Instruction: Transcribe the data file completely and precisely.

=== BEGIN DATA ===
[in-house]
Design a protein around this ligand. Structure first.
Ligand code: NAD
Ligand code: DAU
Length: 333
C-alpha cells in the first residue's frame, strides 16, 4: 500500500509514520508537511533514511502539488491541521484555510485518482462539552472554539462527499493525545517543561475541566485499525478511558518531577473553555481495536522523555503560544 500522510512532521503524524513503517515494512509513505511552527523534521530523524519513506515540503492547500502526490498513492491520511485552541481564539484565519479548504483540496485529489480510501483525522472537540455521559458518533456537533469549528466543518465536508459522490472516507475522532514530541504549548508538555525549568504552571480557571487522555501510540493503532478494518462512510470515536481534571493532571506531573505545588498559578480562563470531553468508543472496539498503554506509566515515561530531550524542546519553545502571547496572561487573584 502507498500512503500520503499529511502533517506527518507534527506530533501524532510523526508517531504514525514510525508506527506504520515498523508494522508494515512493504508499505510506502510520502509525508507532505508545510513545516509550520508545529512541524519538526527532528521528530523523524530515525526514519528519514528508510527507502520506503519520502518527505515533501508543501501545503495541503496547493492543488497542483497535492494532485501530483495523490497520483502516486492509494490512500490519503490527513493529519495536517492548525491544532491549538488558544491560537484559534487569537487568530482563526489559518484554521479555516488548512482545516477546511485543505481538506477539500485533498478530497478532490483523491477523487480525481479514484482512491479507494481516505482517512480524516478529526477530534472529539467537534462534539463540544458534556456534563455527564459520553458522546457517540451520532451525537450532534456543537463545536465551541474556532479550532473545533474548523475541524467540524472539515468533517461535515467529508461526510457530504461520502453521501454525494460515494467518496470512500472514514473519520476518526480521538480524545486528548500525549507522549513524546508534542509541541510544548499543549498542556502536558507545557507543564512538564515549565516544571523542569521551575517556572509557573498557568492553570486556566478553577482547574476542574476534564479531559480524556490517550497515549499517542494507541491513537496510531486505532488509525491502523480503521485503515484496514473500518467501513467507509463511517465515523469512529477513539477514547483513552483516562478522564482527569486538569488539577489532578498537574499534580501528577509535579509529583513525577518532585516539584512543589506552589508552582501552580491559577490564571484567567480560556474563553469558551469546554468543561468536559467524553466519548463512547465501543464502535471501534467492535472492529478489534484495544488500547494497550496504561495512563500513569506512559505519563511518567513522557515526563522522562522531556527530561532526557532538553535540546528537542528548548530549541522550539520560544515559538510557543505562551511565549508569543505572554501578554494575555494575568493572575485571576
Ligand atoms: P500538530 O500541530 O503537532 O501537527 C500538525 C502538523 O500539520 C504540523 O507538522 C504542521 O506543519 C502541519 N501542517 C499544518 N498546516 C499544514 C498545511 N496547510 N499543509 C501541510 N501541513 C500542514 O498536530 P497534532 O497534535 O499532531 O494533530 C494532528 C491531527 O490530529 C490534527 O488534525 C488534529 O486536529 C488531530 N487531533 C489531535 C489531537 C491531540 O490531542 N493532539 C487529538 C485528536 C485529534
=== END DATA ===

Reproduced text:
[in-house]
Design a protein around this ligand. Structure first.
Ligand code: NAD
Ligand code: DAU
Length: 333
C-alpha cells in the first residue's frame, strides 16, 4: 500500500509514520508537511533514511502539488491541521484555510485518482462539552472554539462527499493525545517543561475541566485499525478511558518531577473553555481495536522523555503560544 500522510512532521503524524513503517515494512509513505511552527523534521530523524519513506515540503492547500502526490498513492491520511485552541481564539484565519479548504483540496485529489480510501483525522472537540455521559458518533456537533469549528466543518465536508459522490472516507475522532514530541504549548508538555525549568504552571480557571487522555501510540493503532478494518462512510470515536481534571493532571506531573505545588498559578480562563470531553468508543472496539498503554506509566515515561530531550524542546519553545502571547496572561487573584 502507498500512503500520503499529511502533517506527518507534527506530533501524532510523526508517531504514525514510525508506527506504520515498523508494522508494515512493504508499505510506502510520502509525508507532505508545510513545516509550520508545529512541524519538526527532528521528530523523524530515525526514519528519514528508510527507502520506503519520502518527505515533501508543501501545503495541503496547493492543488497542483497535492494532485501530483495523490497520483502516486492509494490512500490519503490527513493529519495536517492548525491544532491549538488558544491560537484559534487569537487568530482563526489559518484554521479555516488548512482545516477546511485543505481538506477539500485533498478530497478532490483523491477523487480525481479514484482512491479507494481516505482517512480524516478529526477530534472529539467537534462534539463540544458534556456534563455527564459520553458522546457517540451520532451525537450532534456543537463545536465551541474556532479550532473545533474548523475541524467540524472539515468533517461535515467529508461526510457530504461520502453521501454525494460515494467518496470512500472514514473519520476518526480521538480524545486528548500525549507522549513524546508534542509541541510544548499543549498542556502536558507545557507543564512538564515549565516544571523542569521551575517556572509557573498557568492553570486556566478553577482547574476542574476534564479531559480524556490517550497515549499517542494507541491513537496510531486505532488509525491502523480503521485503515484496514473500518467501513467507509463511517465515523469512529477513539477514547483513552483516562478522564482527569486538569488539577489532578498537574499534580501528577509535579509529583513525577518532585516539584512543589506552589508552582501552580491559577490564571484567567480560556474563553469558551469546554468543561468536559467524553466519548463512547465501543464502535471501534467492535472492529478489534484495544488500547494497550496504561495512563500513569506512559505519563511518567513522557515526563522522562522531556527530561532526557532538553535540546528537542528548548530549541522550539520560544515559538510557543505562551511565549508569543505572554501578554494575555494575568493572575485571576
Ligand atoms: P500538530 O500541530 O503537532 O501537527 C500538525 C502538523 O500539520 C504540523 O507538522 C504542521 O506543519 C502541519 N501542517 C499544518 N498546516 C499544514 C498545511 N496547510 N499543509 C501541510 N501541513 C500542514 O498536530 P497534532 O497534535 O499532531 O494533530 C494532528 C491531527 O490530529 C490534527 O488534525 C488534529 O486536529 C488531530 N487531533 C489531535 C489531537 C491531540 O490531542 N493532539 C487529538 C485528536 C485529534